8 frame .inc2
  9 label .findlabel2 -text "Or:" -width 15
 10 entry .search2    -width 20 -relief sunken -textvariable search2term
 11 checkbutton .case2inc -variable inc2yes -text "Case Sensitive" 
 12 pack .findlabel2 .search2 .case2inc -side left -padx 1m -pady 2m -in .inc2
 13 pack .inc2 -in .includes

3.5. Exclude Term Entry Fields

Similarly, filter allows us to exclude lines that match a certain string. This entry field allows the user to specifiy such a string.

<Set Up Exclude Entries (ID: EXCLUDE-ENTRIES)>=

  1 frame .ex1
  2 label .excludelabel1 -text "But not:" -width 15
  3 entry .exclude1    -width 20 -relief sunken -textvariable x1term
  4 checkbutton .excl1inc -variable exc1yes -text "Case Sensitive" 
  5 pack .excludelabel1 .exclude1 .excl1inc -side left -padx 1m -pady 2m \
  6   -in .actions -in .ex1
  7 pack .ex1 -in .excludes

3.6. Action Buttons

The real meat of the program is in the "Find It" action button. It constructs a command string based on the user's selections, and then runs that command string, capturing the results in a disk file. The program then displays that disk file using a common procedure (an empty file provides the user feedback that the search found nothing).

Most of the complexity in the definition of the command string results form two logical tests; is the entry string empty, and should the search be case sensitive or not?

<Set Up Action Buttons (ID: ACTION-BUTTONS)>=

  1 button .go -text "Find It" -command {
  2     set cmd ""
  3     append cmd "\"$filter_name\" \"$oanda_name\" " 
  4     if $inc1yes {
  5       append cmd " \"="
  6       } else {
  7       append cmd " \"+" } 
  8     append cmd [string trim $search1term] "\""
  9     if [string length [string trim $search2term]]>0 then {
 10       if $inc2yes {
 11         append cmd " \"="
 12         } else {
 13         append cmd " \"+" } 
 14       append cmd [string trim $search2term] "\""
 15     }
 16     if [string length [string trim $x1term]]>0 then {
 17       if $exc1yes {
 18         append cmp " \"_"
 19         } else {
 20         append cmd " \"-" } 
 21       append cmd [string trim $x1term] "\""
 22     }
 23     if $debug {tk_messageBox -message $cmd}
 24     eval exec $cmd > results.txt
 25     showFile results.txt
 26 }
 28 button .exit -text "EXIT"  -command {exit}
 30 pack .go .exit -side left -fill x -in .actions

3.7. Common Procedures

These two procedures are basically common procedures to list a file. The basics of them are taken from the user documentation for TCL.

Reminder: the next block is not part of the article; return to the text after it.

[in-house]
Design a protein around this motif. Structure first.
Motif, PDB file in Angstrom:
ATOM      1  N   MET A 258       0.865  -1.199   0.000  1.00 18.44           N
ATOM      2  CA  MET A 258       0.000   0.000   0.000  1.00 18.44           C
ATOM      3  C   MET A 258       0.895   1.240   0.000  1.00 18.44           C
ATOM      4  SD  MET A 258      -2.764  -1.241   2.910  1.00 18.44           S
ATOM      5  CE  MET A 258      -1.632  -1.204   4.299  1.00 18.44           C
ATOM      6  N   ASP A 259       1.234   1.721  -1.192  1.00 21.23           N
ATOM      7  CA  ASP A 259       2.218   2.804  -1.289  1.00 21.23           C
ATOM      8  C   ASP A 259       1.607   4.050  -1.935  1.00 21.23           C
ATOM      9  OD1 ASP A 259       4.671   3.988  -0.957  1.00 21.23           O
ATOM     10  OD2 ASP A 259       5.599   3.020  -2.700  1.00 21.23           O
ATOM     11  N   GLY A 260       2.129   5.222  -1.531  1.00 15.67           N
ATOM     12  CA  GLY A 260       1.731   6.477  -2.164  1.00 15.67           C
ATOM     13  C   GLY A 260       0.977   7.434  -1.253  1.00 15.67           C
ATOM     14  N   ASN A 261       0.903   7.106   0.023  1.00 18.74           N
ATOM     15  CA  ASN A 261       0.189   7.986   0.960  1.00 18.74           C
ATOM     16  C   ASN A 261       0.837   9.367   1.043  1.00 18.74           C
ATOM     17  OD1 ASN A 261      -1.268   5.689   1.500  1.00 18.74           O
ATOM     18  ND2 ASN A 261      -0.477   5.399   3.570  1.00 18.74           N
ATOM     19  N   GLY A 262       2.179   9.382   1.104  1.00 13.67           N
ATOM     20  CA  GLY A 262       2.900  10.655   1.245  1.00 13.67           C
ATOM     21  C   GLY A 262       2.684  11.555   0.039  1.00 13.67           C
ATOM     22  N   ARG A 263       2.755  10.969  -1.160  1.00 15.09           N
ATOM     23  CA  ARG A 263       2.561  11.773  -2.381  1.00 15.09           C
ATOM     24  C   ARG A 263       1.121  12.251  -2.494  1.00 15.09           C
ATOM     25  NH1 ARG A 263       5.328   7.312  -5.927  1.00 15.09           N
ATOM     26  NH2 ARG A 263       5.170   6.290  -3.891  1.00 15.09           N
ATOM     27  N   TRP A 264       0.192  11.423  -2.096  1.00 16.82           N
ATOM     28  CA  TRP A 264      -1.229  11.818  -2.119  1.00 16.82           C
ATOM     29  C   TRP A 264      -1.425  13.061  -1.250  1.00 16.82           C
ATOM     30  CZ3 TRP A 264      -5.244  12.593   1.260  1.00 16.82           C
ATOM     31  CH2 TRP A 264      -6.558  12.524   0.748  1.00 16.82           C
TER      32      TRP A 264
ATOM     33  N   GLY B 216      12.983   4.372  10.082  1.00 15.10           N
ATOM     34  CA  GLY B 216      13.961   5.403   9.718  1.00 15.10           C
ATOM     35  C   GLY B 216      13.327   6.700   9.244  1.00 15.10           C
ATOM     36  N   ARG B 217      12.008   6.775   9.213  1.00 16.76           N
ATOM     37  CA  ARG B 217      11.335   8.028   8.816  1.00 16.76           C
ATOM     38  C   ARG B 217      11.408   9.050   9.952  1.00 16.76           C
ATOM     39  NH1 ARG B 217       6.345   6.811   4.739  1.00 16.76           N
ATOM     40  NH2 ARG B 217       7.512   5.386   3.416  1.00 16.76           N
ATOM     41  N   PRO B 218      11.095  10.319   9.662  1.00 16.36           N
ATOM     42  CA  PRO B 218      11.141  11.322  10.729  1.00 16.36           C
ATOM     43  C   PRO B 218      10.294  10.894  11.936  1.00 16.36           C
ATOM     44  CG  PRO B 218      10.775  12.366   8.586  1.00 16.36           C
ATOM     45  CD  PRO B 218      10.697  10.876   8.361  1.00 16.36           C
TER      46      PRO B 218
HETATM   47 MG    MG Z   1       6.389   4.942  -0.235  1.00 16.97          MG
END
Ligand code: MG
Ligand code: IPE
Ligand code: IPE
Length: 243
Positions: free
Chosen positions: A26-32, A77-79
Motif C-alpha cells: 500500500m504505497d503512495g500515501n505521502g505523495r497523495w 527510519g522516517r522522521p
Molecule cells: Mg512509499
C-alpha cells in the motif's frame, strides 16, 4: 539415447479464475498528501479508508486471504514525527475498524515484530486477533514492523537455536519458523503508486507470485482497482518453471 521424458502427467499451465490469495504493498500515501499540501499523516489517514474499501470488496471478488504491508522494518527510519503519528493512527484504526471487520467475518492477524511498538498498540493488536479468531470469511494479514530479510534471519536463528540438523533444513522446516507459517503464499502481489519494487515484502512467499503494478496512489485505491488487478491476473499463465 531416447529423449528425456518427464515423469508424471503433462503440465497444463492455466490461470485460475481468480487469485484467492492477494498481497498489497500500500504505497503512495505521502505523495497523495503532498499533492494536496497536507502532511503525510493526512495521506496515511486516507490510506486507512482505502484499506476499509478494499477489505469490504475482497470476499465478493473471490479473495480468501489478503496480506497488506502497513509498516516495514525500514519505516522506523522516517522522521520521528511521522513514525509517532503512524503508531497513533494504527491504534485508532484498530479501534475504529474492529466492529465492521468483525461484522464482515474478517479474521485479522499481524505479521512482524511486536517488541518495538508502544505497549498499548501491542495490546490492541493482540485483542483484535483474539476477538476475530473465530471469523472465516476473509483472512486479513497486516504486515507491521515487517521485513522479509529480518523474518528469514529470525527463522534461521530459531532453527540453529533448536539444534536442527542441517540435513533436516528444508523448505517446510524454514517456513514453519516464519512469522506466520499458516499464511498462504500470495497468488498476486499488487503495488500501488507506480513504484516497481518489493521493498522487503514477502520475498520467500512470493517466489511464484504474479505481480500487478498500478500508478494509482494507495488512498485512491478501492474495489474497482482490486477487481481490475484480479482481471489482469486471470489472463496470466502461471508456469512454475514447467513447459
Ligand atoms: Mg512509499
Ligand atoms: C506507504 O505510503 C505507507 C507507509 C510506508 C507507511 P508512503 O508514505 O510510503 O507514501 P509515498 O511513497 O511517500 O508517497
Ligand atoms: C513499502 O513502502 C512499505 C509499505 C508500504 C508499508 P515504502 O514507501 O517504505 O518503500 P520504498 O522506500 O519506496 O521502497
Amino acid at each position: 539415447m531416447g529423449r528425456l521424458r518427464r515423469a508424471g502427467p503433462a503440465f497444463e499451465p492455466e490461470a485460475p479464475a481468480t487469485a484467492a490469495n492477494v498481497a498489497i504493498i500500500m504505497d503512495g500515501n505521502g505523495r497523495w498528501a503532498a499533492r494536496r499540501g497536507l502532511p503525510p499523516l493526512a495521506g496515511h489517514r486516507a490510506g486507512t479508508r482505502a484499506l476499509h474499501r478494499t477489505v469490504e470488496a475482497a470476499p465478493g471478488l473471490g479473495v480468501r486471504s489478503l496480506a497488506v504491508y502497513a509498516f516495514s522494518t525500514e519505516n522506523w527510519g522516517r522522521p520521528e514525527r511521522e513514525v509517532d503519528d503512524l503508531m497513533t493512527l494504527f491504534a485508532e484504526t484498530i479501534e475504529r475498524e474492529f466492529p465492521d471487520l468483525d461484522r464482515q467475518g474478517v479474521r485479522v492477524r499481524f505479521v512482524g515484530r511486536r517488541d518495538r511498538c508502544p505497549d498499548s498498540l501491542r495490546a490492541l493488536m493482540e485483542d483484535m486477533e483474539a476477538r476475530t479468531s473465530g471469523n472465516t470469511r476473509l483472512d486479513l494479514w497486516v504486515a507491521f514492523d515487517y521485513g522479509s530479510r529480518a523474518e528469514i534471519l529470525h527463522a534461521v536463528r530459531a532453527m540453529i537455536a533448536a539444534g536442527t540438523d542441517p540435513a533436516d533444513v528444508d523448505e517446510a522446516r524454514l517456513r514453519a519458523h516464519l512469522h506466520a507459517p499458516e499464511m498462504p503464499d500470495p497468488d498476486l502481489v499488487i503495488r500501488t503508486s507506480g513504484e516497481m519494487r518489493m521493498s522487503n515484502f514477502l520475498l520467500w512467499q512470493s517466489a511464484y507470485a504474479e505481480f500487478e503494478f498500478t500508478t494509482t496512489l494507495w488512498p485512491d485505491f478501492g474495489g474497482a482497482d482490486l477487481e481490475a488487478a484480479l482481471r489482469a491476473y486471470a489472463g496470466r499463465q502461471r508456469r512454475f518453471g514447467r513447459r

<Common Procedures (ID: COMMON-PROCS)>=

  1 proc showFile {thefile} {
  2      set w .text
  3      catch {destroy $w}
  4      toplevel $w
  5      wm title $w "$thefile"
  6      wm iconname $w "text"
  8      frame $w.buttons
  9      pack $w.buttons -side bottom -fill x -pady 2m
 10      button $w.buttons.dismiss -text Dismiss -command "destroy $w"
 11      pack $w.buttons.dismiss  -side bottom -expand 1
 13      text $w.text -relief sunken -bd 2 -yscrollcommand "$w.scroll set" \
 14         -setgrid 1 -height 30
 15      scrollbar $w.scroll -command "$w.text yview"
 16      pack $w.scroll -side right -fill y
 17      pack $w.text -expand yes -fill both
 18      textLoadFile $w.text $thefile
 19      $w.text mark set insert 0.0 } 
 21 proc textLoadFile {w file} {
 22     if [file exists $file] {
 23       set f [open $file]
 24       $w delete 1.0 end
 25       while {![eof $f]} {
 26          $w insert end [read $f 10000]
 27       }
 28       close $f
 29   }
 30 }

A. Command Line Use of Filter

A.1. Identification

This description is for Filter revision 2.0 dated 28 February 1994, a grep-like text searcher for multiple simultaneous keyword tests.

The Filter program itself is copyright © 1994 by Joel Polowin, Department of Chemistry, Queen's University, Kingston, Ontario, Canada, who granted permission for free use and distribution while asking for credit/blame for writing it. His email addresses at that time were , , or .

The literate programming (from which this documentation is adapted) version of this file should be blamed on Mark Wroth, . Joel was foolish enough to allow me to port his program to nuweb on the Amiga, a permission which I have extended to a Windows NT version. Kudos for the program goes to him; blame for the port belongs to me.

Literate programming documentation copyright © 1995, 2000 by Mark Wroth. Permission is granted for use and distribution under the terms set above by the code author.

If you see something wrong with it or it fails to work, please let one of us know!

A.2. Syntax

filter [filename] [filename ...] string [string ...]

where each string (default max. of 2000) is a term to be searched for in lines (default max. 600 chars) in file(s) filename, prefixed by one of the following characters:

  • + to show lines which contain string.

  • - to show lines which do not contain string.

  • = to show lines which contain string, case sensitive.

  • _ (underscore) to show lines which do not contain string, case sensitive.

A string as above may be further prefixed with the letter o to print the line if the current OR the preceding condition is true.